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I'm trying to get the following thing done:

public delegate void SomeMethod(params object[] parameters);

That's my delegate. And i have some method that will run this SomeMethod delegate (whatever's passed) and return me the timespan of execution.

   public TimeSpan BenchmarkMethod(SomeMethod someMethod, params object[] parameters)
    {
        DateTime benchmarkStart = DateTime.Now;

        someMethod(parameters);

        DateTime benchmarkFinish = DateTime.Now;
        return benchmarkFinish - benchmarkStart;
    }

Also i have some method:

public abstract void InsertObjects (Company c);

So, i declare it:

SomeMethod dlg = new SomeMethod(InsertObjects);
TimeSpan executionTime = BenchmarkMethod(dlg, c);

But it doesn't run, saying that No overload for 'InsertObjects' matches delegate 'TestFactory.MeasuringFactory.SomeMethod'. Is there any way to do it?.. Or i should change all the methods of mine to accept params object[] as an argument?..

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3 Answers 3

up vote 4 down vote accepted

Strictly no, the method signature must exactly match the signature specified by the delegate (except for covariant matching). However, you can create an object[] array and feed to Delegate.DynamicInvoke(object[] args).

Edit:

If you have information about the method to be called, you can use MethodBase.GetParameters().Length to obtain the number of arguments, so you can correctly size the untyped argument array.

For benchmarking, though, I think you are better off using an abstract base class that implements the necessary benchmarking ops:

abstract class Benchmark
{
    TimeSpan Run()
    {
    	Stopwatch swatch = Stopwatch.StartNew();
    	// Optionally loop this several times and divide elapsed time by loops:
    	RunMethod();
    	swatch.Stop();
    	return swatch.Elapsed;
    }

    ///<summary>Override this method with the code to be benchmarked.</summary>
    protected abstract void RunMethod()
    {
    }
}

Virtual method dispatches have comparable latency to delegates, and much better than dynamic invocation.

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thank you!) sorry for not marking your great answer. just forgot of it. i've used ur code a long time ago but marked it just today) –  0100110010101 Oct 6 '09 at 20:20
    
Thanks for accepting as answer. Not everyone cares to come back to a "stack" on this site to follow up the latest changes. –  Cecil Has a Name Oct 9 '09 at 16:32

Will Delegate with params keyword match any method?

No. They still have to respect type variance.

params is only syntatic sugar for saying that from that point and beyond, all parameters of the call site are considered to be part of the same array on the method.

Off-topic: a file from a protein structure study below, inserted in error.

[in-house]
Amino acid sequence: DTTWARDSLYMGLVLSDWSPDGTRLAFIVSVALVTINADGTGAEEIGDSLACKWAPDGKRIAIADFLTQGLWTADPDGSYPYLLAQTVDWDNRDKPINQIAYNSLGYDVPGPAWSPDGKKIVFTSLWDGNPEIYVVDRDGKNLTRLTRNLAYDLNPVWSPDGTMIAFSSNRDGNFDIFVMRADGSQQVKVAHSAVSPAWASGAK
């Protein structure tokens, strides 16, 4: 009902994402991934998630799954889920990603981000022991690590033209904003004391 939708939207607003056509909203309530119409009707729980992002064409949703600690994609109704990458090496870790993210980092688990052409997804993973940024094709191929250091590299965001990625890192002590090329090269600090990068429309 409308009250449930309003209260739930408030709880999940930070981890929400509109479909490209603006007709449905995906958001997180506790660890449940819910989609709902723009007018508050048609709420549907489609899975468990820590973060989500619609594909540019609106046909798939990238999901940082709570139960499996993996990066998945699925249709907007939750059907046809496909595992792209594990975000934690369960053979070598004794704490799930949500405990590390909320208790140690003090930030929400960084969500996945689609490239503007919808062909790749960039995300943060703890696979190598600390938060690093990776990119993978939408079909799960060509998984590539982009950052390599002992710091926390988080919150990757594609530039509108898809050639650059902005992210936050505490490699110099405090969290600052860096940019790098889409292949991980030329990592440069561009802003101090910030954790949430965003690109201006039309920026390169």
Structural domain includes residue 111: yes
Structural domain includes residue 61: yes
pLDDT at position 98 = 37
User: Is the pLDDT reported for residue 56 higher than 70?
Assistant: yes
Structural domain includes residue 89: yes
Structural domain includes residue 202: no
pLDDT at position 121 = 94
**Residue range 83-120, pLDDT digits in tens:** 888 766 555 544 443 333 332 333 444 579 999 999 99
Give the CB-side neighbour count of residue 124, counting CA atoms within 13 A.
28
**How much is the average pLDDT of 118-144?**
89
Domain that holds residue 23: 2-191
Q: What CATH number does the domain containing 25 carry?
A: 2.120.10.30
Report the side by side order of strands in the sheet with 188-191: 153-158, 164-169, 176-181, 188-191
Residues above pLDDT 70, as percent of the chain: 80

So, for a method defined as:


TimeSpan BenchmarkMethod(SomeMethod someMethod, params Company[] parameters)

You can do:


Company company1 = null;
Company company2 = null;

//In BenchmarkMethod, company1 and company2 are considered to be part of 
//parameter 'parameters', an array of Company;
BenchmarkMethod(dlg, company1, company2);

but not:


Company company1 = null;
object company3 = new Company();

BenchmarkMethod(dlg, company1, company3);

Because, although company3 contains a Company at runtime, it's static type is object.

So now we know that params simply defines an array on a method, that allows you to use a more convenient syntax at the call site.

Now let's go on with the real reason for your code not working as you expected: Type variance

Your delegate is defined as:


public delegate void SomeMethod(params object[] parameters);

and you target method as:


public abstract void InsertObjects (Company c);

When invoking the delegate:


SomeMethod dlg = new SomeMethod(InsertObjects);
TimeSpan executionTime = BenchmarkMethod(dlg, c);

You are essentialy saying you can call InsertObjects passing it an array with any type of object instead of an object of type Company.

That of course is not allowed by the compiler.

If instead, you invert the types of the delegate and the target method such as in:


public delegate void SomeMethod(params Company[] parameters);

public TimeSpan BenchmarkMethod(SomeMethod someMethod, params Company[] parameters) {
    DateTime benchmarkStart = DateTime.Now;
    someMethod(parameters);
    DateTime benchmarkFinish = DateTime.Now;
    return benchmarkFinish - benchmarkStart;
}

public void InsertObjects(object c) {
    Console.WriteLine(c);
}

Then it will compile, because you'll be passing an array of Customer to a method that accepts any kind of object.

Conclusion: params does not affect type variance rules.

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Matching params parameters is compiler magic, and no such magic exists for delegates. It will match a method that has an array of a compatible type in the right position, but nothing else.

So yes, you need to either change all your methods, or use anonymous methods as wrappers, like this:

SomeMethod dlg = new SomeMethod(delegate(Object[] parameters)
{
    InsertObjects((Company)parameters[0]);
};
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